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IAUC 7017: V1333 Aql; 1998bw

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                                                 Circular No. 7017
Central Bureau for Astronomical Telegrams
Mailstop 18, Smithsonian Astrophysical Observatory, Cambridge, MA 02138, U.S.A.
IAUSUBS@CFA.HARVARD.EDU or FAX 617-495-7231 (subscriptions)
URL http://cfa-www.harvard.edu/iau/cbat.html
Phone 617-495-7244/7440/7444 (for emergency use only)

     S. A. Ilovaisky and C. Chevalier, Observatoire de Haute-
Provence (OHP), write: "CCD observations of the optical counterpart
of the Aquila X-1 recurrent x-ray transient have obtained with the
1.2-m OHP telescope during Sept. 8 to 18.  A V-band image taken on
Sept. 10.86 UT shows the object to be still in quiescence, but on
images taken by R. Mujica (Observatoire de Strasbourg) on Sept.
16.8 and 18.8, the object is 30 and 90 percent above the quiescent
level, respectively.  This brightening comes 200 days after the
March episode (IAUC 6828, 6832), and it probably signals the start
of a new activity cycle.  Monitoring will continue at OHP.
Observations at other wavelengths are encouraged."

SUPERNOVA 1998bw IN ESO 184-G82
     F. Patat, European Southern Observatory (ESO); and A. Piemonte,
Pontificia Universidad Catolica, on behalf of the ESO team (Lidman
et al., cf. IAUC 6895, plus J. Brewer), report:  "A low-resolution
spectrum (range 350-1000 nm, resolution 2.0 nm) of SN 1998bw was
obtained with the ESO 3.6-m telescope (+ EFOSC2) on Sept. 12.13 UT,
125 days after maximum light in B.  The object has definitely
entered its nebular phase, showing strong emissions of Na I D 589-
nm, [O I] 630-nm, [Ca II] 728-nm, and the Ca II infrared triplet.
Nevertheless, this supernova continues to be exceptional among the
known type-Ic events:  contrary to the expected spectral evolution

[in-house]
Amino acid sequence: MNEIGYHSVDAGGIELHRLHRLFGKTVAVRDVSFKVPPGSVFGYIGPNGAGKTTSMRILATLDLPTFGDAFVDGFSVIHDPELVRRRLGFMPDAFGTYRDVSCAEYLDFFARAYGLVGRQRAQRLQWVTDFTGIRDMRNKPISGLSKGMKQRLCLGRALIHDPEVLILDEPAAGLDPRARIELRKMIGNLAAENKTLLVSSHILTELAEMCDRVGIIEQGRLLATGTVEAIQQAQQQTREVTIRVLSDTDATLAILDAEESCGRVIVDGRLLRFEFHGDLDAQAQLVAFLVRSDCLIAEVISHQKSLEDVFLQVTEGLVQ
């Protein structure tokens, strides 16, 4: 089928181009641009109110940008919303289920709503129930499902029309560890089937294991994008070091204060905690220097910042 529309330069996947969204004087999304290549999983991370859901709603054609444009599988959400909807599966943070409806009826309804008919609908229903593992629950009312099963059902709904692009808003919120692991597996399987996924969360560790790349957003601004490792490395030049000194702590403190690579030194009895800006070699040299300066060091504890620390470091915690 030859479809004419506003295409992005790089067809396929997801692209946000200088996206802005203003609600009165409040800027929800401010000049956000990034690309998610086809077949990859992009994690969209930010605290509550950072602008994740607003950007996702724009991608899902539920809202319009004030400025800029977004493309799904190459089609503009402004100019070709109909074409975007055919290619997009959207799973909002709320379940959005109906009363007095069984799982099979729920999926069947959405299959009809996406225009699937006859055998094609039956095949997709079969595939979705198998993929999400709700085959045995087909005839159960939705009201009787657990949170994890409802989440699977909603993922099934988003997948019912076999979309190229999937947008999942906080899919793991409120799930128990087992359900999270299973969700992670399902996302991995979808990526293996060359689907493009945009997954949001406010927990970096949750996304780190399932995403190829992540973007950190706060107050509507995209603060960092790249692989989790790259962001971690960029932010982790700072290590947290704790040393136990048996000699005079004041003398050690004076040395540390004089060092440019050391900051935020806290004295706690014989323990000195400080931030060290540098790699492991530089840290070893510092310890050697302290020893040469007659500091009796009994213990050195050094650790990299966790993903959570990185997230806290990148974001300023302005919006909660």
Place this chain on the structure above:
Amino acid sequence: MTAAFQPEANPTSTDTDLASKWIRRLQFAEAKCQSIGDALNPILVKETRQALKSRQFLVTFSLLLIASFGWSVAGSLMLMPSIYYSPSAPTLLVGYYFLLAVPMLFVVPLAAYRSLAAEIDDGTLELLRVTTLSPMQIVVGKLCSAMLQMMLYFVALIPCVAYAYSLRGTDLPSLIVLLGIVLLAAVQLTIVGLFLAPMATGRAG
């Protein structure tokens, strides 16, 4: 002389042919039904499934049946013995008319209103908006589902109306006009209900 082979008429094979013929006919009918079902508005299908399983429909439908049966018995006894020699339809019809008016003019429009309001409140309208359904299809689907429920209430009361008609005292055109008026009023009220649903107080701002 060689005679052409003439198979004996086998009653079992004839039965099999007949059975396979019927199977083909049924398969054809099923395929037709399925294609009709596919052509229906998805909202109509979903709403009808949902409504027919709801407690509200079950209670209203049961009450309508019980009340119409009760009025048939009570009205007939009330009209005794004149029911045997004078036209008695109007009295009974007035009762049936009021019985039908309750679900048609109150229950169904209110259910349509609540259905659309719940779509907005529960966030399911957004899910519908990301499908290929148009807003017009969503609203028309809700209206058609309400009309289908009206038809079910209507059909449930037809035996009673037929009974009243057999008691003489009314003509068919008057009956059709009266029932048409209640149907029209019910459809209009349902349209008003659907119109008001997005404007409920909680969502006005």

in the blue region, SN 1998bw shows strong emissions centered at
400, 460, and 527 nm.  While that at 400 nm is easily identified as
Ca II H and K, the other two lines are puzzling; they are the most
intense features after the [O I] 630-nm emission, and they have a
FWHM of about 16 nm.  If they are due to Fe II (455.5, 521.5 nm),
as the strong resemblance of this spectral region with that shown
by type-Ia supernovae would suggest, we are looking at a very rare
case of type-Iac supernova that shows emission features common to
both type-Ia and type-Ib/c events.  So far, only two other
supernovae have exhibited such a strange behavior:  SN 1990aj (see
Piemonte 1997, "Observational properties of SNe Ib/c",
http://athena.pd.astro.it/~supern/preprints.html) and SN 1993R
(Filippenko 1997, in Thermonuclear Supernovae, Canal et al., eds.,
Dordrecht: Kluwer, p. 795), but they suffer from scanty photometric
data.  We suggest a search for a possible coincidence of SN 1990aj
or SN 1993R with known gamma-ray bursts, to investigate further the
claimed association of type-Ib/c supernovae with this class of

                      (C) Copyright 1998 CBAT
1998 September 21              (7017)            Daniel W. E. Green

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